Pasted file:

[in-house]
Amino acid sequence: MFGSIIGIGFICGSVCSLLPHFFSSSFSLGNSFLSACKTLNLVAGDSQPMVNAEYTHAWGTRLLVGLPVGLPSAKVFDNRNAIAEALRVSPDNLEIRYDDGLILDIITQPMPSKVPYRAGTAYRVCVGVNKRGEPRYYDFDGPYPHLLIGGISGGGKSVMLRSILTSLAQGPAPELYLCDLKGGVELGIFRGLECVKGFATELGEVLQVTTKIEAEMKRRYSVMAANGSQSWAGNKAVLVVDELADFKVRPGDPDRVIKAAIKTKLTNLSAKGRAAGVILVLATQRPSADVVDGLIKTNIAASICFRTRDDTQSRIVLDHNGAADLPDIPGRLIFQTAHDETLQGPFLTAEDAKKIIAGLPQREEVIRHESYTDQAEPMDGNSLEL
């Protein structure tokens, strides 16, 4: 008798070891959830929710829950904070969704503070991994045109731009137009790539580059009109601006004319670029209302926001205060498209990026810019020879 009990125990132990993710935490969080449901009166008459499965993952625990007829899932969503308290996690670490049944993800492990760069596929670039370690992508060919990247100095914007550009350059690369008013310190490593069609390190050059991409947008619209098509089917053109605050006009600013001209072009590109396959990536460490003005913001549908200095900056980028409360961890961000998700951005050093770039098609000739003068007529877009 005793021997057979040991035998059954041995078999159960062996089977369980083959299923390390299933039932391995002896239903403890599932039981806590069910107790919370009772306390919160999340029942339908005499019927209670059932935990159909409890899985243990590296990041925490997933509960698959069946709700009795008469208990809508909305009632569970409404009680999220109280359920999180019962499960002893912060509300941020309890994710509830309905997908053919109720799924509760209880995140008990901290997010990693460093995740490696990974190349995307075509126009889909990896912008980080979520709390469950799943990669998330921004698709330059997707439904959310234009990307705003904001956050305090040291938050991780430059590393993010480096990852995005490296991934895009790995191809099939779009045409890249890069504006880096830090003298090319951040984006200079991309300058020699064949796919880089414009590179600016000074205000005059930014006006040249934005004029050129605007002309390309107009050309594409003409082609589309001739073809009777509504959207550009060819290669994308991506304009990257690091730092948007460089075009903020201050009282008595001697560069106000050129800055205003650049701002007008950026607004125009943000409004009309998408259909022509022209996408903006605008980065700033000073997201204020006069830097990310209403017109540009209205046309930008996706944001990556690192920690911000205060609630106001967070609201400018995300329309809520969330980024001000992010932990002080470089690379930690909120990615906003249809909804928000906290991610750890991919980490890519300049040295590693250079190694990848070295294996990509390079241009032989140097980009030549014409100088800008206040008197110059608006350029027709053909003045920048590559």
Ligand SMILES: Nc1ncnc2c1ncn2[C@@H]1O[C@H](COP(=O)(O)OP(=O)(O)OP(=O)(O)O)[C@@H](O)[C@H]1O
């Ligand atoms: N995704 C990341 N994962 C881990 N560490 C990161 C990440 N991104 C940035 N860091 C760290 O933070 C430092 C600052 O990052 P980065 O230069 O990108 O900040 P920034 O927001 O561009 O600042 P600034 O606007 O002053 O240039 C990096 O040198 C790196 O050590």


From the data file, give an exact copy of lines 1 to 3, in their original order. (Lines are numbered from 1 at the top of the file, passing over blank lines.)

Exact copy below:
[in-house]
Amino acid sequence: MFGSIIGIGFICGSVCSLLPHFFSSSFSLGNSFLSACKTLNLVAGDSQPMVNAEYTHAWGTRLLVGLPVGLPSAKVFDNRNAIAEALRVSPDNLEIRYDDGLILDIITQPMPSKVPYRAGTAYRVCVGVNKRGEPRYYDFDGPYPHLLIGGISGGGKSVMLRSILTSLAQGPAPELYLCDLKGGVELGIFRGLECVKGFATELGEVLQVTTKIEAEMKRRYSVMAANGSQSWAGNKAVLVVDELADFKVRPGDPDRVIKAAIKTKLTNLSAKGRAAGVILVLATQRPSADVVDGLIKTNIAASICFRTRDDTQSRIVLDHNGAADLPDIPGRLIFQTAHDETLQGPFLTAEDAKKIIAGLPQREEVIRHESYTDQAEPMDGNSLEL
């Protein structure tokens, strides 16, 4: 008798070891959830929710829950904070969704503070991994045109731009137009790539580059009109601006004319670029209302926001205060498209990026810019020879 009990125990132990993710935490969080449901009166008459499965993952625990007829899932969503308290996690670490049944993800492990760069596929670039370690992508060919990247100095914007550009350059690369008013310190490593069609390190050059991409947008619209098509089917053109605050006009600013001209072009590109396959990536460490003005913001549908200095900056980028409360961890961000998700951005050093770039098609000739003068007529877009 005793021997057979040991035998059954041995078999159960062996089977369980083959299923390390299933039932391995002896239903403890599932039981806590069910107790919370009772306390919160999340029942339908005499019927209670059932935990159909409890899985243990590296990041925490997933509960698959069946709700009795008469208990809508909305009632569970409404009680999220109280359920999180019962499960002893912060509300941020309890994710509830309905997908053919109720799924509760209880995140008990901290997010990693460093995740490696990974190349995307075509126009889909990896912008980080979520709390469950799943990669998330921004698709330059997707439904959310234009990307705003904001956050305090040291938050991780430059590393993010480096990852995005490296991934895009790995191809099939779009045409890249890069504006880096830090003298090319951040984006200079991309300058020699064949796919880089414009590179600016000074205000005059930014006006040249934005004029050129605007002309390309107009050309594409003409082609589309001739073809009777509504959207550009060819290669994308991506304009990257690091730092948007460089075009903020201050009282008595001697560069106000050129800055205003650049701002007008950026607004125009943000409004009309998408259909022509022209996408903006605008980065700033000073997201204020006069830097990310209403017109540009209205046309930008996706944001990556690192920690911000205060609630106001967070609201400018995300329309809520969330980024001000992010932990002080470089690379930690909120990615906003249809909804928000906290991610750890991919980490890519300049040295590693250079190694990848070295294996990509390079241009032989140097980009030549014409100088800008206040008197110059608006350029027709053909003045920048590559």